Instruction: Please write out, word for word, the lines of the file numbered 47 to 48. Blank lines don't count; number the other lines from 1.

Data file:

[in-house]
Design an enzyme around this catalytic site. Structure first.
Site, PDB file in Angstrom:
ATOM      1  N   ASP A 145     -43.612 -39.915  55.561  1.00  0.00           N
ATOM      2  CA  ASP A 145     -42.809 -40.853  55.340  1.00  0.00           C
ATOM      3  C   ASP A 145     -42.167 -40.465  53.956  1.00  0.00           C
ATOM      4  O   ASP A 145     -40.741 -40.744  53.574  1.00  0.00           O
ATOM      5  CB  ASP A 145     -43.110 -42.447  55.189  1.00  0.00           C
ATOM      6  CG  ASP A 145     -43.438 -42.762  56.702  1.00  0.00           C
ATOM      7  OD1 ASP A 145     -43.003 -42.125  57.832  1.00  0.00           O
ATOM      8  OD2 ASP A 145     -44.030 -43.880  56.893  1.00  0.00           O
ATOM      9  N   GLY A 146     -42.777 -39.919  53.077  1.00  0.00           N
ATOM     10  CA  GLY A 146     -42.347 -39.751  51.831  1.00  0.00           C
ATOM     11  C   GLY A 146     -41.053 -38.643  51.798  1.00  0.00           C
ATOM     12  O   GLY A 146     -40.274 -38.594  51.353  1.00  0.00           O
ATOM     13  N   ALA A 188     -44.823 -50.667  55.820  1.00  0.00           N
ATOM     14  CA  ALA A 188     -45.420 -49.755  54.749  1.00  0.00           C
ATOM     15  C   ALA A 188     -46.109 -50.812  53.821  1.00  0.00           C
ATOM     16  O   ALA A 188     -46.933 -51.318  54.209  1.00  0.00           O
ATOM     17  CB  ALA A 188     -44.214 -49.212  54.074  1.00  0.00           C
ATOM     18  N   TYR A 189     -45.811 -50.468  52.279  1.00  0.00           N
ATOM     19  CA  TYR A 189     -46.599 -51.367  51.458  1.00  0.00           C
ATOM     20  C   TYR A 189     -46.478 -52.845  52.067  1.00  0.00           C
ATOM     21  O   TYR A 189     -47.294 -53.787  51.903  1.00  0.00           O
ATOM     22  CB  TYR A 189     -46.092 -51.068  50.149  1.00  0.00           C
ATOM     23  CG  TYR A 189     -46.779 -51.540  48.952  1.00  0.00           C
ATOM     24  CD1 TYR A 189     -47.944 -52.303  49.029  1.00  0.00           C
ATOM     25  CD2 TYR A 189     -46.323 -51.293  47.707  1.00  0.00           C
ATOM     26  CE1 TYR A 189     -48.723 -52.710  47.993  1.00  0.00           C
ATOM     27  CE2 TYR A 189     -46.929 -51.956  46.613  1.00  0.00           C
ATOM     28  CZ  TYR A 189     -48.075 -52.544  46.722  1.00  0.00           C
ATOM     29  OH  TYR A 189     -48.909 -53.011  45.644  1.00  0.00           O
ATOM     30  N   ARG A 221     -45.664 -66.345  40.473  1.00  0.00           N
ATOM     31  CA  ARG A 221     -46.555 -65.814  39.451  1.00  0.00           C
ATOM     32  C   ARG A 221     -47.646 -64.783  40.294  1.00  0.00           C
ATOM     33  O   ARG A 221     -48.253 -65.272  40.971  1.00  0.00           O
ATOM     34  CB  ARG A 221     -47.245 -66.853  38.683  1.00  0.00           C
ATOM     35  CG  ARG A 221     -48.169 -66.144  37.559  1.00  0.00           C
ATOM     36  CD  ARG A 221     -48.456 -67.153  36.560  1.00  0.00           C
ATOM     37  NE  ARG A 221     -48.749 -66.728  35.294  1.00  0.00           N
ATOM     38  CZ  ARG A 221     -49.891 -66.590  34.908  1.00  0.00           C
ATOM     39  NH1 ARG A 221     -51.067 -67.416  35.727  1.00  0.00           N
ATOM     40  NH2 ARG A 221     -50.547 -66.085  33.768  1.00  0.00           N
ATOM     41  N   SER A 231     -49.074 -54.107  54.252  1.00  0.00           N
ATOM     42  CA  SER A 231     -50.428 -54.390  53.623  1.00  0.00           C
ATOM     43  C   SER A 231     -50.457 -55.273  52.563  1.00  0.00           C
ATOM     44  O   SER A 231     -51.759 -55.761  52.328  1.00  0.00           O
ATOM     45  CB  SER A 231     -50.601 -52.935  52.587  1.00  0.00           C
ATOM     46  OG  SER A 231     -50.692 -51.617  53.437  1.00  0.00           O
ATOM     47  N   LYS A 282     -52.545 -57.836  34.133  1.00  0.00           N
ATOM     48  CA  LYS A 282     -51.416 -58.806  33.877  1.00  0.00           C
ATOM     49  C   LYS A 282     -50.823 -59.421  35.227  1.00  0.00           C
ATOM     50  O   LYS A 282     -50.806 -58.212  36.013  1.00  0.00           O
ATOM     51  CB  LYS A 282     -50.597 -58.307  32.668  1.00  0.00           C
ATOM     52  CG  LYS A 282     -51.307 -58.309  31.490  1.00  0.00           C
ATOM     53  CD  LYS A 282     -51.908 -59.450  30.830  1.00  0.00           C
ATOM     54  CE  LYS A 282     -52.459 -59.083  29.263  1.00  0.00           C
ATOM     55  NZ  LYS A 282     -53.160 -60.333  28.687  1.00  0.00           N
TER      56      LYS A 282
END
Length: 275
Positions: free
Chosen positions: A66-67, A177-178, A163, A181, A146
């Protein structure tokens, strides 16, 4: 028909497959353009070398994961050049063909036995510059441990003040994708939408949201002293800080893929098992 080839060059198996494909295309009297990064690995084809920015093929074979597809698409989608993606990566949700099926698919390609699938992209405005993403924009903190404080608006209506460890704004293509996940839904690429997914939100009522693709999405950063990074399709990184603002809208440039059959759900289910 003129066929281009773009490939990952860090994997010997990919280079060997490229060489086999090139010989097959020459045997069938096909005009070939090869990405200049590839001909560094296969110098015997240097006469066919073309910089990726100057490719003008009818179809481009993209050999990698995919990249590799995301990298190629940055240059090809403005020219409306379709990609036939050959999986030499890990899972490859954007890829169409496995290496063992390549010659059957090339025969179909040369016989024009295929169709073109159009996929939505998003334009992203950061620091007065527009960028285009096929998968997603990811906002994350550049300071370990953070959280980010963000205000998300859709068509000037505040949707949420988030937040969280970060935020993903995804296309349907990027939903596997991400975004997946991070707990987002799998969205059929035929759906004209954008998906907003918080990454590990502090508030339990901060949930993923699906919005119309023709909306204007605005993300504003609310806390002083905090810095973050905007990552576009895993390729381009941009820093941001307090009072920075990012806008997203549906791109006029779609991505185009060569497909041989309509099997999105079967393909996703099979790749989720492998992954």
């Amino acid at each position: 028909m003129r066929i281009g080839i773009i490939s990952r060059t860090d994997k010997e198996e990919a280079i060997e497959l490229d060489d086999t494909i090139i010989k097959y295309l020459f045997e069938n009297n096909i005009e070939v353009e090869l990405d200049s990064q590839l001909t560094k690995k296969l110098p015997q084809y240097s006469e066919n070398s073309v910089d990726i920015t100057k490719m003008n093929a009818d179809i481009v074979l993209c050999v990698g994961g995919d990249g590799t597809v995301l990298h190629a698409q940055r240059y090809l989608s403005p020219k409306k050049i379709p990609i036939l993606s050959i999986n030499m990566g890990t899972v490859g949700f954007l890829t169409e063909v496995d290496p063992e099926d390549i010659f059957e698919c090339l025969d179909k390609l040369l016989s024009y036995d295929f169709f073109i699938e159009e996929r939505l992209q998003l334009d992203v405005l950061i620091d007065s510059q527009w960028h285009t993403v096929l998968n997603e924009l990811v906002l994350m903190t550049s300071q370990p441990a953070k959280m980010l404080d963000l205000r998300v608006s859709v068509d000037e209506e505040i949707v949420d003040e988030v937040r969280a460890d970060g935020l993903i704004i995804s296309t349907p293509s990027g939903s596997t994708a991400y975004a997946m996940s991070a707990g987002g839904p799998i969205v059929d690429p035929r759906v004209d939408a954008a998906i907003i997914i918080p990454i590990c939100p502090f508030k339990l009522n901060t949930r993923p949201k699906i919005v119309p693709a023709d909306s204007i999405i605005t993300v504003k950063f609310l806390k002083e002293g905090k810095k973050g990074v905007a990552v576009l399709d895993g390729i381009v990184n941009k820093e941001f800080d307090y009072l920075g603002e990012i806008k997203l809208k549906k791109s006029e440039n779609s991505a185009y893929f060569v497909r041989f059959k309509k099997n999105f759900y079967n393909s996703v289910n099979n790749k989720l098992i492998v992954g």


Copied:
ATOM     44  O   SER A 231     -51.759 -55.761  52.328  1.00  0.00           O
ATOM     45  CB  SER A 231     -50.601 -52.935  52.587  1.00  0.00           C